Trypanosoma brucei are protozoan parasites that cause the lethal human disease African sleeping
sickness and the economically devastating disease of cattle, Nagana. African sleeping sickness, also known as
Human African Trypanosomiasis (HAT), threatens 65 million people and animal trypanosomiasis makes large
areas of farmland unusable. There is no vaccine and licensed therapies against the most severe, late-stage disease
are toxic, impractical and ineffective. Trypanosomes are transmitted by tsetse flies, and HAT is therefore
predominantly confined to the tsetse fly belt in sub-Saharan Africa. They are exclusively extracellular and they
differentiate between at least seven developmental forms that are highly adapted to host and vector niches. In
the mammalian (human) host they inhabit the blood, cerebrospinal fluid (late-stage disease), skin, and adipose
fat. In the tsetse fly vector they travel from the tsetse midgut to the salivary glands via the ectoperitrophic space
and proventriculus. Trypanosomes are evolutionarily divergent compared with most branches of eukaryotic life.
Perhaps most famous for their extraordinary mechanisms of monoallelic gene expression and antigenic variation,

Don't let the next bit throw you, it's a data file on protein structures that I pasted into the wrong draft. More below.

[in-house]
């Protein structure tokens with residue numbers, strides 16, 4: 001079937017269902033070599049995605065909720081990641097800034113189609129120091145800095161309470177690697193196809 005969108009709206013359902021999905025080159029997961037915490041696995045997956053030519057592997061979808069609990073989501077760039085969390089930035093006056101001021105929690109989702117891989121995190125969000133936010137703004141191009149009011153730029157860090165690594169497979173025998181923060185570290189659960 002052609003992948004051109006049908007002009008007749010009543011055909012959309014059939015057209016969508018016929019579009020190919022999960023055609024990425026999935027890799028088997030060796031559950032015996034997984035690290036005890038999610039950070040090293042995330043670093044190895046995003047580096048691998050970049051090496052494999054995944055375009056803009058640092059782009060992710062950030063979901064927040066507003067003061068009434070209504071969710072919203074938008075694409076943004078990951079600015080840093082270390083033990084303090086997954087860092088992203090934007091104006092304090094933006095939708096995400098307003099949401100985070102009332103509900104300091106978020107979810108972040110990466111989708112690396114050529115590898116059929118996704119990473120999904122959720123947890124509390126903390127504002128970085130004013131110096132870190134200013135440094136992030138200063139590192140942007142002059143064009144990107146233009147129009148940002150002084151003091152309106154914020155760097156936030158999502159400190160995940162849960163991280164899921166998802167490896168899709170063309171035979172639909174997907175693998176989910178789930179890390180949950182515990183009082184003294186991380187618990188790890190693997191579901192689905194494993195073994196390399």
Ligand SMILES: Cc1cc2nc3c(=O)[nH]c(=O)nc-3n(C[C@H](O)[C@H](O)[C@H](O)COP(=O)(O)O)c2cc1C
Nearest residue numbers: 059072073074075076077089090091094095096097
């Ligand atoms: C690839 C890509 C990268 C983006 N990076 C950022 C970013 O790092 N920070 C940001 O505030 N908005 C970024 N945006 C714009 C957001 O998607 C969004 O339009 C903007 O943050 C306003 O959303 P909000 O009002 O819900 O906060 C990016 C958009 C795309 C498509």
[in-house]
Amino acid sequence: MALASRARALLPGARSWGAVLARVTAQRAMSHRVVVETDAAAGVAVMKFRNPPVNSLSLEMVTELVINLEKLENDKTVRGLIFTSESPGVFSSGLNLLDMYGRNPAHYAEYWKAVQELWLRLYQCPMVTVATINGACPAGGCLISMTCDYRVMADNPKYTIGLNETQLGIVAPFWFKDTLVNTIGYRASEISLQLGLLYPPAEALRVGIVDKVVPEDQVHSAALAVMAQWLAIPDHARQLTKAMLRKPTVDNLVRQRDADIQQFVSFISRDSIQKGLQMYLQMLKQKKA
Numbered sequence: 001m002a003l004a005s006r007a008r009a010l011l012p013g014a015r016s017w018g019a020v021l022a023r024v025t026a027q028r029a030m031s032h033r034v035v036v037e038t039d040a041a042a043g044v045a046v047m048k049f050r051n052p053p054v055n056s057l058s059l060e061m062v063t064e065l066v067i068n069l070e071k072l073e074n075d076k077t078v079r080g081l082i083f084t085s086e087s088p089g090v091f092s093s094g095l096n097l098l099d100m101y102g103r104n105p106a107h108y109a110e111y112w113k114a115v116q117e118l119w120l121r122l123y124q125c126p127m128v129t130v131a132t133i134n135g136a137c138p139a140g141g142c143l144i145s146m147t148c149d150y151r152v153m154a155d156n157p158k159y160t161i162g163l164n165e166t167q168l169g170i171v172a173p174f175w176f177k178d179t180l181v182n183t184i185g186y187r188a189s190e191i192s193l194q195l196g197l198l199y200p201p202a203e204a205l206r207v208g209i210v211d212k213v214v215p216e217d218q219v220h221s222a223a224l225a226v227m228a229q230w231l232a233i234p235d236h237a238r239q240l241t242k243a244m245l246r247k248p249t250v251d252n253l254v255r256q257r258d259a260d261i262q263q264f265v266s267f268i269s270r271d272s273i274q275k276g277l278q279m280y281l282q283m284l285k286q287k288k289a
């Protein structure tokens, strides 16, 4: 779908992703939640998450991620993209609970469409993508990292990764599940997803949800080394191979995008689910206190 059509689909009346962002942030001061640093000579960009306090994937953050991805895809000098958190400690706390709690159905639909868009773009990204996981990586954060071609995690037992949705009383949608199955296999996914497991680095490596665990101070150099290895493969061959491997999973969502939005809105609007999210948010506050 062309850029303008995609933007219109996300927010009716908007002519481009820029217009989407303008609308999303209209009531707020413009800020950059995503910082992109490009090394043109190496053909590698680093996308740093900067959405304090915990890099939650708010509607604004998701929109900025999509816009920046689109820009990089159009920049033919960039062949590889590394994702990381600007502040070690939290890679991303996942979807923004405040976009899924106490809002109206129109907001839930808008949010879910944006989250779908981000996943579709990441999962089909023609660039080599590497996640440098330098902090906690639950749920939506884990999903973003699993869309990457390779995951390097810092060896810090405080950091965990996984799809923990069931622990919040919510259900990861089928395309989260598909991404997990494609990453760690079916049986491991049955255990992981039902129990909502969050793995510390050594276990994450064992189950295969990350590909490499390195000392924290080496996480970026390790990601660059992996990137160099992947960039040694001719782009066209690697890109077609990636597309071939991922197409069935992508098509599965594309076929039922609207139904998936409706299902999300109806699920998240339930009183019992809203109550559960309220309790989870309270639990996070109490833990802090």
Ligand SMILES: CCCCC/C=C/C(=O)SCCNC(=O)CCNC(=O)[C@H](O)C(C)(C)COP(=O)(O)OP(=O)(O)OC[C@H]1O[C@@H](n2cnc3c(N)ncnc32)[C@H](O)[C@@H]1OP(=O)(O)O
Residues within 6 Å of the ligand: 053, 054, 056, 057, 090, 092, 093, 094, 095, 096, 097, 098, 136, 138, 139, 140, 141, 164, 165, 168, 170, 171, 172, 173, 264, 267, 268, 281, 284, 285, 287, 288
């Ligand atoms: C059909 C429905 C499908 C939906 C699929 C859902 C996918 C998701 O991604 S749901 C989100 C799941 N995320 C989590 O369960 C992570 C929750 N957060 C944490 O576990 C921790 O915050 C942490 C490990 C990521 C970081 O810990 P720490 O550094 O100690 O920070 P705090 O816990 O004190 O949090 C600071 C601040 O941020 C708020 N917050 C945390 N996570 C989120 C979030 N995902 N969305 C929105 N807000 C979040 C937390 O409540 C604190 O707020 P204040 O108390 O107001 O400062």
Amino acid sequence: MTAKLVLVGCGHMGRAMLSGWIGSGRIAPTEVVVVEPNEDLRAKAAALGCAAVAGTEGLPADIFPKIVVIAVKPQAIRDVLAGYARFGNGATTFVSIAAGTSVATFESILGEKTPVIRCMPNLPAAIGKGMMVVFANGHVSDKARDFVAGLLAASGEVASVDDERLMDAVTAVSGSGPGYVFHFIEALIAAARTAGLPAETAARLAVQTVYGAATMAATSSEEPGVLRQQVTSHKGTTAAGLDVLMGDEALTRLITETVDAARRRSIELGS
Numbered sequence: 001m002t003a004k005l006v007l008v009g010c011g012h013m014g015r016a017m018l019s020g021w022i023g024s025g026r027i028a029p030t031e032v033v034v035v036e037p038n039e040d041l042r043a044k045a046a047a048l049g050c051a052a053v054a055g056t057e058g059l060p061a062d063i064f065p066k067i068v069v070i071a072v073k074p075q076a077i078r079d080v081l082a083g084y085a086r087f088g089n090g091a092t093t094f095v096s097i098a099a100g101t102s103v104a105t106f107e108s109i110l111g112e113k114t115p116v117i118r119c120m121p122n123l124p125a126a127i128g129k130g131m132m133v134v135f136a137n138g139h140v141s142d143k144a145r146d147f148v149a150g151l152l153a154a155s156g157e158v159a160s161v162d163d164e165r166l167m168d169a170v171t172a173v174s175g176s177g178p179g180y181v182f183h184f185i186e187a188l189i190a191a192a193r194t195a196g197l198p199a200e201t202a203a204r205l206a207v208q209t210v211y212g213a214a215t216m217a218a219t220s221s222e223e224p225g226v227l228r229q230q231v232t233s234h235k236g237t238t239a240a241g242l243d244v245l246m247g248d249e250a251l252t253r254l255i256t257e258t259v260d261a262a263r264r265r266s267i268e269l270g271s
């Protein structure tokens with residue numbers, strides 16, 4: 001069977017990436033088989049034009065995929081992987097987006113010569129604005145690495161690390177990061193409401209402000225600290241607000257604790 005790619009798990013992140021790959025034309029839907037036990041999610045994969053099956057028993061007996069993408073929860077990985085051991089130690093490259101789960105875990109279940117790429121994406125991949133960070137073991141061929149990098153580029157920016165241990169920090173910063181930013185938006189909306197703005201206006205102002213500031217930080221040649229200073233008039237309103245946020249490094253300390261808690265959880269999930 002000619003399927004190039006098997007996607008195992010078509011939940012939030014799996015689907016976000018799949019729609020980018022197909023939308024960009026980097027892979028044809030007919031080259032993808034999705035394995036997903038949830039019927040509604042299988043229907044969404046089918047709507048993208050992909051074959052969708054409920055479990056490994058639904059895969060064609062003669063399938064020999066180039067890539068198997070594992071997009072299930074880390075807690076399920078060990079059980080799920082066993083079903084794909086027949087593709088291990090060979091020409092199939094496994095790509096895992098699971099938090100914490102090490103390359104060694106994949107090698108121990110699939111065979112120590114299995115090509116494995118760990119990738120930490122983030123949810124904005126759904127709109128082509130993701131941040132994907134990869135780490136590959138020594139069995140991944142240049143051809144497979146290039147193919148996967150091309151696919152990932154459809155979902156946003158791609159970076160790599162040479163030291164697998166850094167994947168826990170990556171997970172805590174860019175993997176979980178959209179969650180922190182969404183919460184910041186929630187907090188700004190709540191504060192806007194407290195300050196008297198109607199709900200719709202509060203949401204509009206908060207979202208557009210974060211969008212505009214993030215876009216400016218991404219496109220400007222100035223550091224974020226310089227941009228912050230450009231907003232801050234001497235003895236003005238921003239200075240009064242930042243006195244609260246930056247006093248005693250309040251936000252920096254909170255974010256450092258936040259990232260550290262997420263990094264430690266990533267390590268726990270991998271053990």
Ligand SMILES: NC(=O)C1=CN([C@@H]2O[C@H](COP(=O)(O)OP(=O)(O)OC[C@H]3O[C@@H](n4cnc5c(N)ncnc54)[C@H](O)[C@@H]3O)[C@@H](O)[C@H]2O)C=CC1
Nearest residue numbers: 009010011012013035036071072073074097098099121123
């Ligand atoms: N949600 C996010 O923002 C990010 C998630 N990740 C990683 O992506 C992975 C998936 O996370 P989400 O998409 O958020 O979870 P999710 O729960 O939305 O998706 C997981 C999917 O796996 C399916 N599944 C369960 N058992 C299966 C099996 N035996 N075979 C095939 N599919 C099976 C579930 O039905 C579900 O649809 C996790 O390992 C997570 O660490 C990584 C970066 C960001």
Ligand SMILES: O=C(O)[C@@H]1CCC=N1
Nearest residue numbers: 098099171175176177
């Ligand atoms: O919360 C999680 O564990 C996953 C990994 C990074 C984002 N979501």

they have also been investigated because much of their biology is either highly unconventional or extreme.
Moreover, in addition to their importance as pathogens, many researchers have been attracted to the field because
trypanosomes have some of the most advanced molecular genetic tools and database resources of any
model system. The following will cover just some aspects of trypanosome biology and how its divergent biochemistry
has been leveraged to develop drugs to treat African sleeping sickness. This is by no means intended
to be a comprehensive survey of trypanosome features. Rather, I hope to present trypanosomes as one of the
most fascinating and tractable systems to do discovery biology.
Keywords: Trypanosoma brucei, trypanosome, kinetoplastid, parasite, African sleeping sickness, trypanosomiasis, chemotherapy, cell biology,
life cycle, tsetse fly.
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